Gel agents versus hydroflotation agents when used as an instillant (3 RCTs)

No studies in this comparison reported pelvic pain, live birth rate or clinical pregnancy rate.

Gel agents probably reduce the incidence of adhesions at SLL when compared with hydroflotation agents (OR 0.50, 95% CI 0.31 to 0.83; three studies, 538 women; moderate-quality evidence). This suggests that in women with a 46% chance of having adhesions at SLL with a hydroflotation agent, the use of gel agents would result in 21% to 41% having adhesions.

We are uncertain whether gel agents improved mean adhesion scores at SLL when compared with hydroflotation agents (MD -0.79, 95% CI -0.82 to -0.76; one study, 77 women; very low-quality evidence).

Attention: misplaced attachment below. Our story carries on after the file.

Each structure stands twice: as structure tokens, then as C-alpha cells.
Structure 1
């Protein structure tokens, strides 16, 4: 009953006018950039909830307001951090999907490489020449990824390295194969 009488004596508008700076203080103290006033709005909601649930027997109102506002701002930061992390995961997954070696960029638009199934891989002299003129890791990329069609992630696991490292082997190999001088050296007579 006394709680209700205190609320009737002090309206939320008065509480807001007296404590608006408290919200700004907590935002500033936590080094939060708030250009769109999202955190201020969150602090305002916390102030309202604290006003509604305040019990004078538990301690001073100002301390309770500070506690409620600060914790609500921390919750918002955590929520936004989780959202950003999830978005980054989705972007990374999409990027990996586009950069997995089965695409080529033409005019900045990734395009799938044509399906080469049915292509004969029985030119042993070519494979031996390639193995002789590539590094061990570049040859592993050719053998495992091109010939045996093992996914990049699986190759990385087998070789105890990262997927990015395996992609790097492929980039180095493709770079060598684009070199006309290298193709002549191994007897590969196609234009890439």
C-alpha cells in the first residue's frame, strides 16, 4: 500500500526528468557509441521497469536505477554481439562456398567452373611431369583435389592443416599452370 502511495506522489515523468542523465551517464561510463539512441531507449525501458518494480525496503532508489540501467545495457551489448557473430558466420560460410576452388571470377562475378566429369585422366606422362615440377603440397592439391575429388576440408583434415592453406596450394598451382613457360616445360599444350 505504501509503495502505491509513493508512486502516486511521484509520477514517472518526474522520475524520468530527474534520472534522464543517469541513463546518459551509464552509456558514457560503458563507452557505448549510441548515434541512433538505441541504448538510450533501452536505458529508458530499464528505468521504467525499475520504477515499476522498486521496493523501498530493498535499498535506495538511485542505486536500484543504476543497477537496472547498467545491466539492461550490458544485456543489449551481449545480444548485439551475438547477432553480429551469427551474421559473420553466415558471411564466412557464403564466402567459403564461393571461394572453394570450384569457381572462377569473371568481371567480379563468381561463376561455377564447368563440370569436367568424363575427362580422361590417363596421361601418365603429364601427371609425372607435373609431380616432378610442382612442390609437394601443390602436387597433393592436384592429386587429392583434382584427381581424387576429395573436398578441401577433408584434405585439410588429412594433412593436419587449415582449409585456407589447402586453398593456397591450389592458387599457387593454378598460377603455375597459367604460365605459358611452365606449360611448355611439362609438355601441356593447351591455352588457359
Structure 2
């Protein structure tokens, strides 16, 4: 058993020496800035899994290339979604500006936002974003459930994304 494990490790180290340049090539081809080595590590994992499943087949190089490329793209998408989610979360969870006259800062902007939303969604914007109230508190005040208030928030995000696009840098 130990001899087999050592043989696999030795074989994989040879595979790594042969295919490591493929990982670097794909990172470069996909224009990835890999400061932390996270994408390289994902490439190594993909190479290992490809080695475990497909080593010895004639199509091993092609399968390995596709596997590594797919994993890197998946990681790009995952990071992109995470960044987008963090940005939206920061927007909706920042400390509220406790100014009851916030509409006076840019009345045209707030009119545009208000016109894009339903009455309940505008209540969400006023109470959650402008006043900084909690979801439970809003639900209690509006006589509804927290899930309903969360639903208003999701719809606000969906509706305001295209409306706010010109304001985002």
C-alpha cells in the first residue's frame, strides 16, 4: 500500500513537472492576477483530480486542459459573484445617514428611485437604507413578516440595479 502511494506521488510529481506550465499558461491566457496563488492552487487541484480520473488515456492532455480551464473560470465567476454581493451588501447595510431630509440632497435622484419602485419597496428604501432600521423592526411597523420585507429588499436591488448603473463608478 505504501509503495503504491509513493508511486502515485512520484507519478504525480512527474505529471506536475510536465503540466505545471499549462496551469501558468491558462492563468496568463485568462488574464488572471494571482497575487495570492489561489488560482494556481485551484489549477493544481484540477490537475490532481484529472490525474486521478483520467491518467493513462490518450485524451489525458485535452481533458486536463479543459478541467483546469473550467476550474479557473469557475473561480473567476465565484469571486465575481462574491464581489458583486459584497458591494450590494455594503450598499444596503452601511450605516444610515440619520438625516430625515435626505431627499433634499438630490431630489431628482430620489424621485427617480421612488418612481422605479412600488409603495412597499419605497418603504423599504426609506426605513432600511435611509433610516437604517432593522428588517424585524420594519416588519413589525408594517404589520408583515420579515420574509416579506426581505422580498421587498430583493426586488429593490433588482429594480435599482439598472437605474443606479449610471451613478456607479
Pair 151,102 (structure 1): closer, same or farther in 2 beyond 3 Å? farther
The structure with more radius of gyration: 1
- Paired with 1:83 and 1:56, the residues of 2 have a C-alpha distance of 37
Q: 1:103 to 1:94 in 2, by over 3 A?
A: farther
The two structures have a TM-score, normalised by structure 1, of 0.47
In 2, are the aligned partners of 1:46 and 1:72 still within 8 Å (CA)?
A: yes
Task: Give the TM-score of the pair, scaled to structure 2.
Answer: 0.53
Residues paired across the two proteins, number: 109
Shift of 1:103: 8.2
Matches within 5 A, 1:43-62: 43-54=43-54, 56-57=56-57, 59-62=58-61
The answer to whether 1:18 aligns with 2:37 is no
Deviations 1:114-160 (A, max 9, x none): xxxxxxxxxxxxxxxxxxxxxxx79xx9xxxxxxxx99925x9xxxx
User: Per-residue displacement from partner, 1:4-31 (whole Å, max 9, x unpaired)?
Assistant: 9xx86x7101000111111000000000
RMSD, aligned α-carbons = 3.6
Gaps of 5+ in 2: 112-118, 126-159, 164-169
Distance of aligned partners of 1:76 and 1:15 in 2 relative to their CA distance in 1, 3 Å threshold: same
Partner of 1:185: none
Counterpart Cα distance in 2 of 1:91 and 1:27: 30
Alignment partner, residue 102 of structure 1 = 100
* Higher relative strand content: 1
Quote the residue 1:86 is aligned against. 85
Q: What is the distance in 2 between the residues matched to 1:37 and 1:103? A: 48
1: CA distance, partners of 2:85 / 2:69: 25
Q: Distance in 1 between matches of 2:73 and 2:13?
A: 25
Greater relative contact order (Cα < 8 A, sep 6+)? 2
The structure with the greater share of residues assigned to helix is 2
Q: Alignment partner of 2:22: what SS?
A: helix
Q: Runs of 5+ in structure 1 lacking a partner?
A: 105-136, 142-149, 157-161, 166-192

No studies in this comparison reported on adverse events attributable to the intervention.

Steroids (any route) versus no steroids (4 RCTs)

No studies in this comparison reported pelvic pain, incidence of adhesions at SLL or mean adhesion score at SLL.

It is unclear whether steroids affected live birth rates compared with no steroids (OR 0.65, 95% CI 0.26 to 1.62; two studies, 223 women; low-quality evidence), or clinical pregnancy rates (OR 1.01, 95% CI 0.66 to 1.55; three studies, 410 women; low-quality evidence).

No studies in this comparison reported on adverse events attributable to the intervention.